Conclusion of Phytochemistry: For the best extraction of alkamides (immuno-stimulant/anti-inflammatory), caffeic acids (immuno-stimulant/anti-oxidant/HIV anti-viral/lymphatic/anti-inflammatory), and polyacetylenes (anti-fungal), make/use a 60% alcohol tincture at a ratio of 1:6 (the alkamides prefer 90%, but are still present at a significant amount at 60%).
If the polysaccharides are desired (immuno-stimulant), an infusion (tea) is preferred (you’ll still get caffeic acids, but will lose the polyacetylenes and alkamides).


One of the most popular herbs in North America, accounting for around 10% of herbal sales. It was used by the aboriginal people of North America, particularly in the Midwest and Plains regions of America. The original uses for Echinacea included treating wounds, bug-bites, snake-bites, etc.  In the 1900s it became well-known for its wound-healing, anti-inflammatory, and anti-septic actions. Since then it has been the subject of more than 800 scientific studies, and today is used to treat colds, minor infections of the respiratory system, and minor wounds. But its uses may be more than those.

We know that Echinacea purpurea affects the immune system, but what is the “immune system”? Can you think of a clear answer to that question? Most people can’t, and neither can most scientists, believe it or not. The mechanism of action of Echinacea purpurea is generally unknown in the literature. Empirical studies show the positive effects, but not the mechanism. 

I believe its mechanism lies in its action upon the lymphatic system. In vitro studies have shown in multiple verifiable instances, that the application of Echinacea purpurea stimulates macrophages, other monocytes, and Natural Killer cells (NK cells). These cells are part of what is known as the “immune system”, but they are also present and active in the more tangible, lymphatic system. That’s just my speculation, but the subject of what an immune system is, and the mechanism of action of Echinacea purpurea, are moreover unknown.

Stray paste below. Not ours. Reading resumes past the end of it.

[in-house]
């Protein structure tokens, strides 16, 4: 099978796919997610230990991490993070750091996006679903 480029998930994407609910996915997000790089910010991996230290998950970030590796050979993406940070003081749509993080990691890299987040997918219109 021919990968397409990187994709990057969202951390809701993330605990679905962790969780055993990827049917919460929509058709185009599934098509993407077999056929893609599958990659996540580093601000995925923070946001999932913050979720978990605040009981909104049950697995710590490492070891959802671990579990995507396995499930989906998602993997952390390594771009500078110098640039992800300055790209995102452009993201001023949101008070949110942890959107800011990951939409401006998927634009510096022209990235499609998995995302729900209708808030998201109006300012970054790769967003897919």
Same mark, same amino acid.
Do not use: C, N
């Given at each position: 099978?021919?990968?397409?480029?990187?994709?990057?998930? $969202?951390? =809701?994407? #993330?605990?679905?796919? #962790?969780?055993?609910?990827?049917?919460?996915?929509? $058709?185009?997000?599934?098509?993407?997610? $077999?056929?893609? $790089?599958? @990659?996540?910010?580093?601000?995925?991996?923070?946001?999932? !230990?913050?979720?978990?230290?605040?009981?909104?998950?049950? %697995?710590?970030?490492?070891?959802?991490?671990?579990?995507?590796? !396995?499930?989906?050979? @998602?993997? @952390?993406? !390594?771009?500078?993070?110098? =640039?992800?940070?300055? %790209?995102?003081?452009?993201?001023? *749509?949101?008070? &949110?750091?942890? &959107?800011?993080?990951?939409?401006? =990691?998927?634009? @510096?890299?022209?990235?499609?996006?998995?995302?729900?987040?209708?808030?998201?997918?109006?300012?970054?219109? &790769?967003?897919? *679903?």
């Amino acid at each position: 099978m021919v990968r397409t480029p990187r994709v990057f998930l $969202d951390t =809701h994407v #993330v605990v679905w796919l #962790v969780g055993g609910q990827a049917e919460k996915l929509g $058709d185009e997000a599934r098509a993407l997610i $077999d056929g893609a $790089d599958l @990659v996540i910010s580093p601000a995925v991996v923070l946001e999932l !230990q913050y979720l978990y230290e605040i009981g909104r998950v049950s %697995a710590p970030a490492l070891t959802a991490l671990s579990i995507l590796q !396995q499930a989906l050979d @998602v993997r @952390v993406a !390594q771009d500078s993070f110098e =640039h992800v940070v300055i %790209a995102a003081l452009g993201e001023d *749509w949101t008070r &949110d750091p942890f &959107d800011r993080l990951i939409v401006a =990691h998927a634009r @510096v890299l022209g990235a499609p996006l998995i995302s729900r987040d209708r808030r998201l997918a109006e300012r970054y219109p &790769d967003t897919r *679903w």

Potential adverse reactions: Side-effects are rare and usually mild. Serious adverse events can result from an Asteraceae allergy, which are reversible, and the chances can be lessened by using the herb sparingly at first, or by using the tincture form (as the pollen is less soluble in a water-alcohol medium). Minor side-effects include rash, digestive upset, migraine, nausea. These side-effects could be expected from a lymphatic herb, for if the internal eliminative organs are stressed, and the lymphatic system is stimulated to eliminate, the skin and digestive system will attempt to compensate, or some sickness will result from an inability to eliminate properly. Data regarding pregnancy and lactation is insufficient to give a conclusive answer to its safety, but it is reportedly the most-used herb during pregnancy with little evidence to suggest a negative effect (personally I would not recommend a lymphatic herb during pregnancy, it essentially appears to have a detoxification action and I don’t think pregnancy is the time for that).

Overall the risk:reward ratio appears favorable, with good evidence of effectiveness on the immune system.

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A safe and effective herb, which appears to work primarily upon the lymphatic system. If used in combination with kidney, digestive, liver, or skin herbs, side-effects would likely be lessened. 
Up until doing the research for this post, I’ve always been hesitant of Echinacea. I thought it was used for the suppression of cold and flu-like symptoms, symptoms (e.g. mucous discharge, etc.) which I believe are part of the healthy and normal cleansing mechanisms of our bodies. However, no evidence seems to suggest a suppressive action, and looking into some of my mentors’ lymphatic herbal formulas more closely, I see that some of them use Echinacea varieties extensively, sometimes as their primary lymphatic-formula herb. I will definitely be getting some of this herb for my own practice, and why not consider trying it for yourself before using over-the-counter or prescribed medications in the event of an acute cold or flu-like symptom? 

If you've read this entire article, well done! You're well on your way to increasing your knowledge of food and health. Please leave a comment if you have any additional details, comments, or questions. Follow us on one of our social media for video content and updates, and I hope to see you again in a later post by Plato's Garden. If you are seeking an herbalist, please take a look at our website. I'd love for you to book an appointment with us.